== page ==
The match between Bayley and Dana Brooke wasn’t really bad or offensive in any way, but it sure as hell wasn’t remarkable either.  There’s been little build to the feud, and Bayley deserves better than to be stuck in a throwaway midcard rivalry.  There were no surprises, and the crowd was clearly aligned with Bayley.  Her taking the win in a few short minutes was predictable, and the match had no time at all to develop—not that anyone really wanted it to.  Luckily it was placed early on the card, and it did at least get off to a better start than the first match of the night.

The Worst

The company made an interesting booking decision in placing the US Title HIAC match between Roman Reigns and Rusev up first.  Their feud has been going on for three months now, but should have ended long ago, but that’s not the case.  They both need to move on and start some fresh rivalries.
    Both Reigns and Rusev caught some real heat during their entrance, and the deafening boos hardly get things off to a great start.  Unfortunately for everyone, the match took on a lumbering pace filled with repeated spots and little actual wrestling.  The entire thing just felt incredibly slow, filled with far too many rests and down time.  The two honestly just seemed bored to be fighting once again, and I can’t deny feeling the same watching them.  It also didn’t help that the match was the longest of the night at twenty-five minutes.
    Things did pick up in the last five minutes or so, with some weapons spots and use of the cell.  Most impressive was Rusev locking Reigns in the Accolade on top of the ring steps while pulling a steel chain across his face.  It was surprising in its brutality, as were some of the uses of the stairs themselves.  Reigns predictably won, and the show was able to move on.  Had the match been half as long, most of the problems would have been fixed, and the pace could have been overlooked.  As it stands, it was the wrong call to kick things off, and the feud needs to end now.

Results and Grade

Once again, the WWE provided us with a solidly entertaining show that contained little in the way of bad matches, and a number of unquestionably good ones.  The decision to have the Women’s Title match go on as the main event was a huge deal, and Sasha and Charlotte proved exactly why they earned that spot.  Even with the few filler matches (which are part of every PPV), the whole event was fairly satisfying.  The Hell in a Cell matches were pretty damn good and inventive, with the exception of the opener, and perfectly demonstrated why the show is so highly regarded.  It’ll be interesting to see how things are handled heading into the cross-brand Survivor Series next month, but as it stands now, HIAC was easily the best, most satisfying PPV since the brand split.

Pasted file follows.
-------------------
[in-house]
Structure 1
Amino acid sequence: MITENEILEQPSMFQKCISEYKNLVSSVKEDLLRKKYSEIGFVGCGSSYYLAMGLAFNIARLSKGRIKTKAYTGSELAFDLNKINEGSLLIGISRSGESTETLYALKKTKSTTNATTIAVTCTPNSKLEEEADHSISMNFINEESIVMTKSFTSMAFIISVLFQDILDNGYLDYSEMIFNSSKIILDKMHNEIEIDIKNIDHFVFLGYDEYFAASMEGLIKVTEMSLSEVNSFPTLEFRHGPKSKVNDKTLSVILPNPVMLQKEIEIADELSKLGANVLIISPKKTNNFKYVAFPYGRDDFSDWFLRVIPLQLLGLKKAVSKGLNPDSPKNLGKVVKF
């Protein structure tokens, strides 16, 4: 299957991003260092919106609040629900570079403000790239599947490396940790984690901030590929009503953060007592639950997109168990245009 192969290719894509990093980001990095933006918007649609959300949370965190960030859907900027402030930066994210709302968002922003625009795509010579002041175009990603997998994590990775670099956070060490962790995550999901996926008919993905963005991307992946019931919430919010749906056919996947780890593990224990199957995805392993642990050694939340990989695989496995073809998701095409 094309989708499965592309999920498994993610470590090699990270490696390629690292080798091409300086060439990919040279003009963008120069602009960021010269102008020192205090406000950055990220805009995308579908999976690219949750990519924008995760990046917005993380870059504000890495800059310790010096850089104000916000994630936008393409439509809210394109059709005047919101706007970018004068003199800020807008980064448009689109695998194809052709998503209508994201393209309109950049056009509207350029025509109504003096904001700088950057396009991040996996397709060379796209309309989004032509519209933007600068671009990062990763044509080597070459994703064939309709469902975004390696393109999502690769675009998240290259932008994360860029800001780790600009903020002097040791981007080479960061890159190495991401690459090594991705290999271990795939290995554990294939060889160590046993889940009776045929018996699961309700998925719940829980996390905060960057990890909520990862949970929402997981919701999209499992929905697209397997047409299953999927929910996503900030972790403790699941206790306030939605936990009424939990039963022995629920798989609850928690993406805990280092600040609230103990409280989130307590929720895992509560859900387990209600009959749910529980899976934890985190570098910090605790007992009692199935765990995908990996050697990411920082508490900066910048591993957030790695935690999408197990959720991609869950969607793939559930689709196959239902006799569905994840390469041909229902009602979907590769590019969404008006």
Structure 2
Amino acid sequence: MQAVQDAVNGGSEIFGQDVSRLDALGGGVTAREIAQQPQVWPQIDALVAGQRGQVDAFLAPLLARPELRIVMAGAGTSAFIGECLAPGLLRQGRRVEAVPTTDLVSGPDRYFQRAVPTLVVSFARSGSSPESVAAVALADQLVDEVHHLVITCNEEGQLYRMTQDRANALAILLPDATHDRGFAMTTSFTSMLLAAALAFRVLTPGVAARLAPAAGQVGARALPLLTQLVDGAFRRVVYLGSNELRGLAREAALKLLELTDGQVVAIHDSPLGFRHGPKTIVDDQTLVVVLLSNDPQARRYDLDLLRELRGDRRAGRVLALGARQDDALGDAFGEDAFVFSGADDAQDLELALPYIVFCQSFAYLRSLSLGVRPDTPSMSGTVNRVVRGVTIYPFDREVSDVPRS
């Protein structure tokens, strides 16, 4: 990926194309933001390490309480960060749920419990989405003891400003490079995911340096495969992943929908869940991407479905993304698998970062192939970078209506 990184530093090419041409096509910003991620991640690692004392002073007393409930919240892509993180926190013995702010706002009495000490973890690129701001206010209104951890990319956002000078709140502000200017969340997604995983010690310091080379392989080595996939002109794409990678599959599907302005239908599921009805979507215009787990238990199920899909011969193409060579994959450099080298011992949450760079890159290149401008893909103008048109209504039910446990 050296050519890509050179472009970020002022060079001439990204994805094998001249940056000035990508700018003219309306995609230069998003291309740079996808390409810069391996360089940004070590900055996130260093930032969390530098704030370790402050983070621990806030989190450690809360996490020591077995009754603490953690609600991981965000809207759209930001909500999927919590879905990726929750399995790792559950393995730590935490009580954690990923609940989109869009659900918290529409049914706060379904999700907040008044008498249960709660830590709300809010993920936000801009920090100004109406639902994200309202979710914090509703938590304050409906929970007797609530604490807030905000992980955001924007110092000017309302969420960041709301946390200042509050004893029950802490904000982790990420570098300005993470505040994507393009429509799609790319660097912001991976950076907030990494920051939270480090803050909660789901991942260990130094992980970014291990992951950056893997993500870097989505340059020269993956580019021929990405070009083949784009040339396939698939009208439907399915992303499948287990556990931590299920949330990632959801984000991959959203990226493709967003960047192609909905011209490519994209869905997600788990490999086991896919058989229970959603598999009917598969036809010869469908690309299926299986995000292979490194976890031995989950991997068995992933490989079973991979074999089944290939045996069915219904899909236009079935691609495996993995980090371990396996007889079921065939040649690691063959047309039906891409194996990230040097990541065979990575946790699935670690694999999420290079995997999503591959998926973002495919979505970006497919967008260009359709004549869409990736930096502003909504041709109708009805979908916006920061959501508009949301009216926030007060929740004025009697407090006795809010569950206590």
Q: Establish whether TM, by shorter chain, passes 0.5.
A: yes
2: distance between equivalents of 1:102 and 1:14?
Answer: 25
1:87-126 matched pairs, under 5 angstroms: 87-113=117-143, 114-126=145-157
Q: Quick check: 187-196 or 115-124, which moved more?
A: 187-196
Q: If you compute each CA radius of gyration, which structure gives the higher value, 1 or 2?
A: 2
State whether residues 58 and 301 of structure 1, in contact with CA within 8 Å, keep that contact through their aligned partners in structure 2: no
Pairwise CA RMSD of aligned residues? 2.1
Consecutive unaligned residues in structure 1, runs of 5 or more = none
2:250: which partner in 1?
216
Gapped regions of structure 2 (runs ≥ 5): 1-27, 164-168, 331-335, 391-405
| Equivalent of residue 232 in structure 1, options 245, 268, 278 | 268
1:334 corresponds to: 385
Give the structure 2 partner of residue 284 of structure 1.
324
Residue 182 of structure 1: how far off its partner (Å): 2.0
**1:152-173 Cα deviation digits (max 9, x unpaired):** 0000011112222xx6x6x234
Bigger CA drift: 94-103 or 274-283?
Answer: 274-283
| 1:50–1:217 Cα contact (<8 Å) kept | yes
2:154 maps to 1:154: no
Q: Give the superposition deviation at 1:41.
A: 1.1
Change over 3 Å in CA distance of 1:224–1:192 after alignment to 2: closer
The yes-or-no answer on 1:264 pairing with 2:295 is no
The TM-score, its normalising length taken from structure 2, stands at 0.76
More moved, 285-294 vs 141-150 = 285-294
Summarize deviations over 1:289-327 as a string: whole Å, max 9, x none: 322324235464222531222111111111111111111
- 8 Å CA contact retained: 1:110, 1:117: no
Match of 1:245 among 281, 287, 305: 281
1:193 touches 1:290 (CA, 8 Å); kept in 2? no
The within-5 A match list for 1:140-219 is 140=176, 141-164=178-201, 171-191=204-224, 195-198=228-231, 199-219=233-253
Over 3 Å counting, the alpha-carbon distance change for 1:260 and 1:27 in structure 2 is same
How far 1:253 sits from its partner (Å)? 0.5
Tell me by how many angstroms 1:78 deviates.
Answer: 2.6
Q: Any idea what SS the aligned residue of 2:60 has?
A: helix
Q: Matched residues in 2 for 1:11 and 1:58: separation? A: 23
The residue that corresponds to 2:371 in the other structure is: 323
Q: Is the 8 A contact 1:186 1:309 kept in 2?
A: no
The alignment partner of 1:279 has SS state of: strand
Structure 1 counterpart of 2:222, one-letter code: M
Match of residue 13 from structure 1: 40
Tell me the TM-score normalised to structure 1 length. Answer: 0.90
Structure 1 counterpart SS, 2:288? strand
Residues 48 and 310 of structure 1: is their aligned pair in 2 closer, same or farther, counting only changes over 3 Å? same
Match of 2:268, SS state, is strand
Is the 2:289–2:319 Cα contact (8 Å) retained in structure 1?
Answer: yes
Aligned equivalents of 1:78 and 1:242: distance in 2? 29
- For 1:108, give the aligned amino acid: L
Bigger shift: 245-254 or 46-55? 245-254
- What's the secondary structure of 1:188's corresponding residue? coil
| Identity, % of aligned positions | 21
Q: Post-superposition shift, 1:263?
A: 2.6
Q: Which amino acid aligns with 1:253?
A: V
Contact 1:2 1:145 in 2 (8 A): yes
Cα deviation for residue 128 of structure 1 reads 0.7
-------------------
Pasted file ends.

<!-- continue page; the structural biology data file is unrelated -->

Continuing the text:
An easy 75 out of 100.

The Winners:
Roman Reigns
Gallows and Anderson
Kevin Owens
Brian Kendrick
Cesaro & Sheamus

The Losers:
Dana Brooke
Enzo & Cass
Seth Rollins
TJ Perkins
The New Day
Sasha Banks



Rumors and Speculation

    In the meantime, we have to wonder if Goldberg actually stands the chance of winning his match with Brock Lesnar.  The company clearly wants him as the returning babyface hero, but judging by the cheers Lesnar got on RAW, they have no idea how to properly handle this.  And besides, given the talk of WWE’s big Wrestlemania plans for Lesnar, how likely does it seem that they’ll mess with his prestige by having Goldberg go over him this month?
    Also worth noting is the fact that the Undertaker is booked for SmackDown midmonth, possibly beginning to build to his Wrestlemania match.  Either way, it’s safe to say he isn’t retired yet, so maybe that John Cena match is coming in the near future.  Cena hasn’t been around much since No Mercy, so god knows he isn’t busy with any other angles.
    Last, how damn great is it to hear that there’s going to be an entire Cruiserweight-centric show coming?  Maybe the division will finally get some real exposure, rather than occupying the midcard of RAW.